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From installers to rooftops: supporting Australian solar

Clean Energy Council Chief Executive Kane Thornton recently appeared on Just Another Solar Podcast to discuss the state of the solar sector in Australia

What is the state of the solar industry in Australia? How is the Clean Energy Council (CEC) supporting solar installers? How does the Small-scale Renewable Energy Scheme need to change to better support the industry if extended?

Recently, CEC Chief Executive Kane Thornton appeared on Just Another Solar Podcast to address these and many more questions.

Sector complexities

After an introduction detailing the CEC and where it started, as well as addressing some criticisms, the conversation turned to how the CEC is supporting the industry through its work on the New Energy Tech Consumer Code (NETCC) and accreditation programs.

“Development of the NETCC came about when government said ‘yes, this is what we need for the solar industry, but now we want this to be expanded out to the hot water industry, to EV chargers, to other new energy technologies,” said Thornton. “Because this is a measure that allows us to recognise better behaviour from retailers and to be able to exclude retailers that don’t meet those standards. We see it as critical that there be a scheme that improves the behaviour of retailers in the industry.”

At the CEC we’re proud of the role we have played in building robust installer and product accreditation programs, which form part of the critical regulatory framework that helps drive better behaviour from industry and ensure customers are treated fairly and honestly.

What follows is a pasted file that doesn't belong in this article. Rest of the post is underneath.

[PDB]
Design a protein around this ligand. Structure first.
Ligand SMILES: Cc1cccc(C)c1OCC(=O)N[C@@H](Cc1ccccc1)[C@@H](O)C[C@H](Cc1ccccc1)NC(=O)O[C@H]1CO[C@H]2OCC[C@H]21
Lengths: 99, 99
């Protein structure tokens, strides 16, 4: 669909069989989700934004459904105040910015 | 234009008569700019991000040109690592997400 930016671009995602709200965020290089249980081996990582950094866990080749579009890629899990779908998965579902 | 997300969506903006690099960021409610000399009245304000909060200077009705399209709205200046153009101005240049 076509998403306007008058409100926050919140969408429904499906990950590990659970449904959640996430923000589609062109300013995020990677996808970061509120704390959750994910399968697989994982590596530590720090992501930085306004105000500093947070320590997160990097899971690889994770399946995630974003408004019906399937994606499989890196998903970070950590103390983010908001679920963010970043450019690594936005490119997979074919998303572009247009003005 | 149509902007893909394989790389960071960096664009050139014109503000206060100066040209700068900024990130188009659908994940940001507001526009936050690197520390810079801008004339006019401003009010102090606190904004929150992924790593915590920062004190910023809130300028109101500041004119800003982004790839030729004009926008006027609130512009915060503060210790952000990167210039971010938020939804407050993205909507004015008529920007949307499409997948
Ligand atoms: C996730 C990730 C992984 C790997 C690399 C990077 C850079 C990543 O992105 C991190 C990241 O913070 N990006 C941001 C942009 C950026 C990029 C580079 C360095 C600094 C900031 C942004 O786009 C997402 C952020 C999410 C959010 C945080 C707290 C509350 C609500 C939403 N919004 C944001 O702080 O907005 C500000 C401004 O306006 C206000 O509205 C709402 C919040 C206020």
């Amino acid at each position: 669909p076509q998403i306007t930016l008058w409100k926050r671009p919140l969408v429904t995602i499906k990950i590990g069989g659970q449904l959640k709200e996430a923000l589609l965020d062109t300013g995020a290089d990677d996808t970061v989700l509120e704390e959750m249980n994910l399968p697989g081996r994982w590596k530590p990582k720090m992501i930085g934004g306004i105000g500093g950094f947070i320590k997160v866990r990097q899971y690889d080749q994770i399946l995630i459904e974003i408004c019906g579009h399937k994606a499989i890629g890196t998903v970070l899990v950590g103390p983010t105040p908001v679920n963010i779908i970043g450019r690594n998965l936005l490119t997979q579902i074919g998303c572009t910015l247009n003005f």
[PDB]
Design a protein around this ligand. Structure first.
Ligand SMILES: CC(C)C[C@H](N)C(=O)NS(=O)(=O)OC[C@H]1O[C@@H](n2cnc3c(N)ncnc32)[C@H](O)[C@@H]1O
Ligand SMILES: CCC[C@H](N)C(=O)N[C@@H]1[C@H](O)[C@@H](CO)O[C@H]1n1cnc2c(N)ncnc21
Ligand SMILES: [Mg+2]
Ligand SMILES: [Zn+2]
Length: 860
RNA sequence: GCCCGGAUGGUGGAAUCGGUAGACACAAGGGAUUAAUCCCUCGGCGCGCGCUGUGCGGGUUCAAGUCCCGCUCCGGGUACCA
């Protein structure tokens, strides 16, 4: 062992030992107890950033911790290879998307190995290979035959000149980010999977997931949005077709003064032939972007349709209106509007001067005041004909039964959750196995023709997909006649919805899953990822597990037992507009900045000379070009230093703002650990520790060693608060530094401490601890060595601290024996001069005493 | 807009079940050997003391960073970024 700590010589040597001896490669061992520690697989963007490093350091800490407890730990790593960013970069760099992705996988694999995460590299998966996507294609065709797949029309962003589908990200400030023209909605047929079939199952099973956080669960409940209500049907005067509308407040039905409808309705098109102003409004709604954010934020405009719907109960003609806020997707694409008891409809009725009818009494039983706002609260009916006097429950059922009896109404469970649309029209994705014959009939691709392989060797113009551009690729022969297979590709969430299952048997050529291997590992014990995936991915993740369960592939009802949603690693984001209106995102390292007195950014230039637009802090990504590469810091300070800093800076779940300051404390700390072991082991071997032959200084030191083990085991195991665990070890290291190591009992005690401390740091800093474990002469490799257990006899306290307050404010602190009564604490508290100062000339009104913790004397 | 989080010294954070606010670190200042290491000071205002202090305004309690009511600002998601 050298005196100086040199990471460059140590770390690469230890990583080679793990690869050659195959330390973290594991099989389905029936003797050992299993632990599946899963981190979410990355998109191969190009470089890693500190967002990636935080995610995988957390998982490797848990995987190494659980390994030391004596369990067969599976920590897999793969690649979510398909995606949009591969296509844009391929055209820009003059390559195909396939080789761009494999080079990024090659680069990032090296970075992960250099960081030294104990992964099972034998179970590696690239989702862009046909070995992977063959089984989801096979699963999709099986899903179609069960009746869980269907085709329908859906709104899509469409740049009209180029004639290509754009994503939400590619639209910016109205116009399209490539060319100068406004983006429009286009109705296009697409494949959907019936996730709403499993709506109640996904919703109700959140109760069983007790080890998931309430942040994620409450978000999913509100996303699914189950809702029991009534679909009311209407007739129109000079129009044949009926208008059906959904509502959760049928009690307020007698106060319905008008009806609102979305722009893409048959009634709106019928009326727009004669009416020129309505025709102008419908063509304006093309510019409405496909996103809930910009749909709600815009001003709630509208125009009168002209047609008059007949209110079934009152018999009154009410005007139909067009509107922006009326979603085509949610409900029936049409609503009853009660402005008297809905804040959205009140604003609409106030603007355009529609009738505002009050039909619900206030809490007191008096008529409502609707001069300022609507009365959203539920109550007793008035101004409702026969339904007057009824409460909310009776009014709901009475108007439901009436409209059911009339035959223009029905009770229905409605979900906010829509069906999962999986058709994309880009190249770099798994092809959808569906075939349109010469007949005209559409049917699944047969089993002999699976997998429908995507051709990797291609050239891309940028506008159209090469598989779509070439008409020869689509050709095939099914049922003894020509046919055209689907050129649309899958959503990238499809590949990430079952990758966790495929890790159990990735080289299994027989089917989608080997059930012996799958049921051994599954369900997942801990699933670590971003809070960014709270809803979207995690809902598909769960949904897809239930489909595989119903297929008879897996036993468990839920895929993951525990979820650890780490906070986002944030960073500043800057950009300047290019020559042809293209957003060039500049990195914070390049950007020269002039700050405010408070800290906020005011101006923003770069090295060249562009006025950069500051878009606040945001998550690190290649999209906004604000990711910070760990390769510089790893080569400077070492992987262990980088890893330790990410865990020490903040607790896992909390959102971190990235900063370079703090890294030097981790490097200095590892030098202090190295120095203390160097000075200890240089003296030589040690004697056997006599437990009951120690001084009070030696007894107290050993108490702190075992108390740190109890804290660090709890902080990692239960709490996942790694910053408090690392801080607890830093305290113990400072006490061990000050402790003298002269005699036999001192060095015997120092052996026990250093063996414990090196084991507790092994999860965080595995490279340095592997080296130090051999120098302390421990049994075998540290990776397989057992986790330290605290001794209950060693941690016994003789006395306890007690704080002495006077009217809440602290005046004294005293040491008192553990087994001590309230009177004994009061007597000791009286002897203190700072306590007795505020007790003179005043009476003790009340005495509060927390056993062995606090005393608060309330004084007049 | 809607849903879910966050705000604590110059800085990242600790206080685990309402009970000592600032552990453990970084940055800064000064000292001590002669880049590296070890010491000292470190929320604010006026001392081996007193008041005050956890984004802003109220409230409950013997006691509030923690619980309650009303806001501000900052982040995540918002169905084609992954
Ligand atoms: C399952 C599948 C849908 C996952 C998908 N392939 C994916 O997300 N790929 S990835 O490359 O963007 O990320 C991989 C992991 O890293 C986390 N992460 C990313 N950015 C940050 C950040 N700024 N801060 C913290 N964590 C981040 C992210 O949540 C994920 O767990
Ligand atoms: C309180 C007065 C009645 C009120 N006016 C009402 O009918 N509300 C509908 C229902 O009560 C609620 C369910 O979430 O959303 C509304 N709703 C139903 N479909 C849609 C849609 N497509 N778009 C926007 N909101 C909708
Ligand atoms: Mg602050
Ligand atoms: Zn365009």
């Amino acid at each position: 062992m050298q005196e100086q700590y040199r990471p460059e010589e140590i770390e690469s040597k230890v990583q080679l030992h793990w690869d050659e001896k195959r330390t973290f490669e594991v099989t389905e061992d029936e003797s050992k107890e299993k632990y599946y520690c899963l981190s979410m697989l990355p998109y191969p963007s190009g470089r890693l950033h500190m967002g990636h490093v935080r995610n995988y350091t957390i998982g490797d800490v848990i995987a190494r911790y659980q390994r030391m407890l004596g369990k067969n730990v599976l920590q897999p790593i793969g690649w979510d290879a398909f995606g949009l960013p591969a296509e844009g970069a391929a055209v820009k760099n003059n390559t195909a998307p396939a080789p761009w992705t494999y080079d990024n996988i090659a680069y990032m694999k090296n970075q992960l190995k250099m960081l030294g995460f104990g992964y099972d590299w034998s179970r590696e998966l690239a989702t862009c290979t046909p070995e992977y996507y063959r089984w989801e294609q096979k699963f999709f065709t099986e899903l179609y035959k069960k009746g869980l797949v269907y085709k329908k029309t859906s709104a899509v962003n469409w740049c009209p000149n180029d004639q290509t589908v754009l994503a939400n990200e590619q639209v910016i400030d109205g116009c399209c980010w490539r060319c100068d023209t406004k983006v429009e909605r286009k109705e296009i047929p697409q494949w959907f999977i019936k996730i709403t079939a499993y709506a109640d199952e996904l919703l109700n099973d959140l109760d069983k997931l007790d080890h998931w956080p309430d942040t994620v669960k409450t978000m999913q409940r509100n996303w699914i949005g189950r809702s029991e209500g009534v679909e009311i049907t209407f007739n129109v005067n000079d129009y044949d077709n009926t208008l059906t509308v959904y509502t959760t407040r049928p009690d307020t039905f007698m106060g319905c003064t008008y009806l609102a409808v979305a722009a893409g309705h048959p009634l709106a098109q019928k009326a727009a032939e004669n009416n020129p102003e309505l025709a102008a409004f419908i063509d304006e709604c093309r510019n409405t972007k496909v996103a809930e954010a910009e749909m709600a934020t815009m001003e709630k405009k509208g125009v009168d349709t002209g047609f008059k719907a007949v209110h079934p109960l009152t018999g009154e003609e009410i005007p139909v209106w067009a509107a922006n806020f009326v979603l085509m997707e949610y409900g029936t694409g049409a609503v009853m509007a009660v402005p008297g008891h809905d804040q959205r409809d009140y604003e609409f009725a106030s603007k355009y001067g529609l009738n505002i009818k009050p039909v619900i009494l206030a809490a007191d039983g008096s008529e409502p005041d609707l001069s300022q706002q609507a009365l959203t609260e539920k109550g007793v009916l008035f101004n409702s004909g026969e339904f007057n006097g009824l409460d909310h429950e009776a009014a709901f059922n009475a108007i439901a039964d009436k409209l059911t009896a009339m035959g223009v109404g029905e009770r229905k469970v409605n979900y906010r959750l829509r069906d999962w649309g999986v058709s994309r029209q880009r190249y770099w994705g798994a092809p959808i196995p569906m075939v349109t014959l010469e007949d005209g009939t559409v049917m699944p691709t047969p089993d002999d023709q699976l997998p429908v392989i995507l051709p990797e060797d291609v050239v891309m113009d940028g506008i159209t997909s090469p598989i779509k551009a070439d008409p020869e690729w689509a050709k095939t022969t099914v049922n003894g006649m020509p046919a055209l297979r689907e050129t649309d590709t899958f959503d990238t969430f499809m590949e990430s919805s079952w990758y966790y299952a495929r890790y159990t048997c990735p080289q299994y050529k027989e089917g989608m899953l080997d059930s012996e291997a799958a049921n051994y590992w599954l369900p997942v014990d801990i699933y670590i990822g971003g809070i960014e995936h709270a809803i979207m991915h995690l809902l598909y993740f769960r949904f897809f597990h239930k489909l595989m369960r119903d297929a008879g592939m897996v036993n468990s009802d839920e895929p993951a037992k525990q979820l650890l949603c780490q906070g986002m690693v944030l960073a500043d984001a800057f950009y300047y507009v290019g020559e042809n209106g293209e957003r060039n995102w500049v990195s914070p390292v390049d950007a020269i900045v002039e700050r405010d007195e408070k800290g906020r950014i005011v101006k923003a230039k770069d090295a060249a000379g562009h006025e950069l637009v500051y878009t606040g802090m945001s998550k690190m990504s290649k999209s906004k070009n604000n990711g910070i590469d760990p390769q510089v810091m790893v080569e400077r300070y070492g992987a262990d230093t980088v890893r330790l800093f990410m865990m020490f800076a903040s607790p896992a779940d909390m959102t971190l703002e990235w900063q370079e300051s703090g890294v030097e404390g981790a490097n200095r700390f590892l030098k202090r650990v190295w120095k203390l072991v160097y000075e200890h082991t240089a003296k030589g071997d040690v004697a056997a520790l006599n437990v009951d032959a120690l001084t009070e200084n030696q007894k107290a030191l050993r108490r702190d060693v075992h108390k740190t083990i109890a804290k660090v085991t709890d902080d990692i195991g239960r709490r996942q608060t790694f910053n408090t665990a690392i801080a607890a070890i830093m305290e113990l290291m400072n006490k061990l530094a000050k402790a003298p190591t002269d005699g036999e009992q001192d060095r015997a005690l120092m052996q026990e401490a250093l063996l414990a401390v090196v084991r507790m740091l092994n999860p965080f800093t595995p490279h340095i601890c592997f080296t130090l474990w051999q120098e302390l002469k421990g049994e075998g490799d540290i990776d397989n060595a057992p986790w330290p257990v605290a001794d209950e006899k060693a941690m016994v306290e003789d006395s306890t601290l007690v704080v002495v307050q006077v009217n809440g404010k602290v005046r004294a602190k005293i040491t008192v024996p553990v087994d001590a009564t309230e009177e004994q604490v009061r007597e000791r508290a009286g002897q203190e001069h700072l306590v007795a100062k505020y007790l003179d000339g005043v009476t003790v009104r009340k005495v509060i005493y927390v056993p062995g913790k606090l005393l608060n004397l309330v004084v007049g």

While the CEC very much intends to continue in its product accreditation role, we have not applied to continue our role in administering the installer accreditation program, assuming there is another body which can perform this important but arduous task. But our strong support for installers continues regardless in the form of the myCEC program, a subscription service providing technical support, learning resources, business benefits and much more. These are all critical to support installers in understanding and navigating the growing complexity and demands on them as they install systems. The reality is that we need more installers and myCEC is designed to encourage and support them in the industry.

“myCEC is a service to support people, accredited installers and others, to be on top of all the complexity, to access quality training materials, to get toolbox talks, understand the latest developments,” said Thornton. “We’re going to continue to do that regardless, whether we’re the accrediting body for installers or not.”

Accelerating the transition

After dealing with the complexities of the solar industry, the podcast moved on to the maturity of the sector in Australia, and the challenges facing the clean energy transition.

“On one level, it’s an incredibly challenging time,” said Thornton. “We’re living through the legacy of the last 10 or 15 years, the climate wars, a lost decade of a lack of planning. But on another level, the world has woken up to the challenge. It’s the first time Australia has had wall-to-wall governments who see the importance of renewables and are working hard to solve the problems. There are a lot of challenges, but we can be optimistic. We’re part of the sector that’s having the greatest possible impact on electricity prices and the climate change catastrophe.

“When the CEC was established, it was on the basis that we were creating one powerful voice. Standing here today, I think there’s a lot of strengths and merit to having 1,000-plus member companies, 9,000 accredited installers, and several thousand retailers coming together in an organisation that can roll up its sleeves and get stuck into some of the really big challenges.”

These are some highlights from a fantastic hour-long discussion. Click here to listen to the episode in full and stay tuned to the CEC for updates on the solar sector in Australia and clean energy more broadly.